One of the things that make the Huron River so exceptional is the fact that you can fish any time of the year. So, for anyone who wants to catch steelhead, spring is a good time to visit the waters. However, this season also opens up the trout season and there are plenty of fish to catch, from browns to brook trout and rainbows.
Many of these fish continue to be active throughout the summertime, although some can slow down as the temperatures start to rise. However, a lot of the fishing spots will get crowded with people who want to enjoy swimming, water sports, and more. Therefore, searching out more isolated locations is best for those who want to focus fully on angling.
Both steelhead and smallmouth bass can be caught in the fall months. Fly anglers will want to spend time in areas with boulders, log jams, and other obstructions for the latter. Then, head through some of the pools and seams to bring in the fish that you’re looking for.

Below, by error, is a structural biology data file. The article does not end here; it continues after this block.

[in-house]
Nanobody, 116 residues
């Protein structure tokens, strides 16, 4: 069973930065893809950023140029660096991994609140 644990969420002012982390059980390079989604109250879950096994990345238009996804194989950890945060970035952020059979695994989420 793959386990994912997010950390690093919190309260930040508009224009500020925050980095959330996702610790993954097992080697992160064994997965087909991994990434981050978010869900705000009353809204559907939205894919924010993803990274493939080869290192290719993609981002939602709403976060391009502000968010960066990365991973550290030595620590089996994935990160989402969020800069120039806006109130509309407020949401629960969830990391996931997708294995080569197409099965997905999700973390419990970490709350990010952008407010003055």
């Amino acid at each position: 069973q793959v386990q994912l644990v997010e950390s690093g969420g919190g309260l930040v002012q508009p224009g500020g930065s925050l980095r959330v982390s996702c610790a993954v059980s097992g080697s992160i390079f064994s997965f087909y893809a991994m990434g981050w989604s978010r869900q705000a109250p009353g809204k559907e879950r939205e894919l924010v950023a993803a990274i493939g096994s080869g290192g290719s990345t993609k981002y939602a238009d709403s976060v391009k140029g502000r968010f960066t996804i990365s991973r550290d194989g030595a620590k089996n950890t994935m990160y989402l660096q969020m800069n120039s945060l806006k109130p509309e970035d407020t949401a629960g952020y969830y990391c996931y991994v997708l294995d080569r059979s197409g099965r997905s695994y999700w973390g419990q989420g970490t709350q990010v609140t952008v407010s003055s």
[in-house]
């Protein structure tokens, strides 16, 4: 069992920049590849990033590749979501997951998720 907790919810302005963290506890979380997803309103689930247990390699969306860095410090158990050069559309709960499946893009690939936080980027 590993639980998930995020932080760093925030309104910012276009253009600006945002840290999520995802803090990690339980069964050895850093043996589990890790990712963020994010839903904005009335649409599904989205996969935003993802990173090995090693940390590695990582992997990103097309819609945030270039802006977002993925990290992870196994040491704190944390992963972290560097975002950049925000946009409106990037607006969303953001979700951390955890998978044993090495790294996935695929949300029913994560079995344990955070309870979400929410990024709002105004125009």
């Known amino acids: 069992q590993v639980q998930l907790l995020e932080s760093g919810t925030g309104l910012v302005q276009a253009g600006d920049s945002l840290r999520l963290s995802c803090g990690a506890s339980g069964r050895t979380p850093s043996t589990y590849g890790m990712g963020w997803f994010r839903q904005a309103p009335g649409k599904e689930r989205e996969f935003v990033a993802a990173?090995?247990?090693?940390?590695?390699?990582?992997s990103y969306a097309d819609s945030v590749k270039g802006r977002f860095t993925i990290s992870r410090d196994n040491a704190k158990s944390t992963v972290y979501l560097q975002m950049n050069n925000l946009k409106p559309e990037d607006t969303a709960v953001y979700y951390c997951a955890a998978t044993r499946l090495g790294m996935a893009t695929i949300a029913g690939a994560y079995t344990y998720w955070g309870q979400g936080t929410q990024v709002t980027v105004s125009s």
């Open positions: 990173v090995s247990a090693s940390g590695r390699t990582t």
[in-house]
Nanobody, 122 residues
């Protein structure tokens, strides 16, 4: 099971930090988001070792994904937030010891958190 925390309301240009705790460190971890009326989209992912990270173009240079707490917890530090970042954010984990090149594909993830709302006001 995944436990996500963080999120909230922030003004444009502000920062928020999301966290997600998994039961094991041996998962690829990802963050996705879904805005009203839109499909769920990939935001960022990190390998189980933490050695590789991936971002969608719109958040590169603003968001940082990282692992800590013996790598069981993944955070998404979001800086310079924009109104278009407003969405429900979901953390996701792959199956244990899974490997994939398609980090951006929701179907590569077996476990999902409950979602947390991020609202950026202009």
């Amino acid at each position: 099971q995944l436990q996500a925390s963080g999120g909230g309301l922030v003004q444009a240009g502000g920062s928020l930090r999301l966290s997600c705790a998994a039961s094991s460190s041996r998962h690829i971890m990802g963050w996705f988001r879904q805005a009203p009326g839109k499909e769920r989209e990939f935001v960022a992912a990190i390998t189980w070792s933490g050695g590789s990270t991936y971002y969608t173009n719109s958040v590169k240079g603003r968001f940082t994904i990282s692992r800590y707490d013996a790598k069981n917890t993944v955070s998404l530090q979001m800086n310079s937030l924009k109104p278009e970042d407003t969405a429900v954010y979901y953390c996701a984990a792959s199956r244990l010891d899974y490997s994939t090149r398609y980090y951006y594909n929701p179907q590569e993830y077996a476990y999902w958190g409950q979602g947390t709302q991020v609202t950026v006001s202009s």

Even winter is a good time for fishing the Huron River as steelhead hide out below Bellville Lake for savvy anglers. Smallmouth bass might be the most common fish to pull out of the waters, but those with patience and the right gear can find other fish throughout the year.
Stream Flow and Current Conditions
Be sure to check the stream conditions before heading out to fish the Huron River. There are 19 dams on the Huron and water levels vary considerably throughout the watershed.
The USGS stream gauge at Ann Arbor, MI provides a good indication of current conditions.
The graph below shows the stream flow (discharge) for the past 7-days. If flows are considerably above or below historical norms (yellow triangles on the chart) then fishing conditions maybe not be ideal.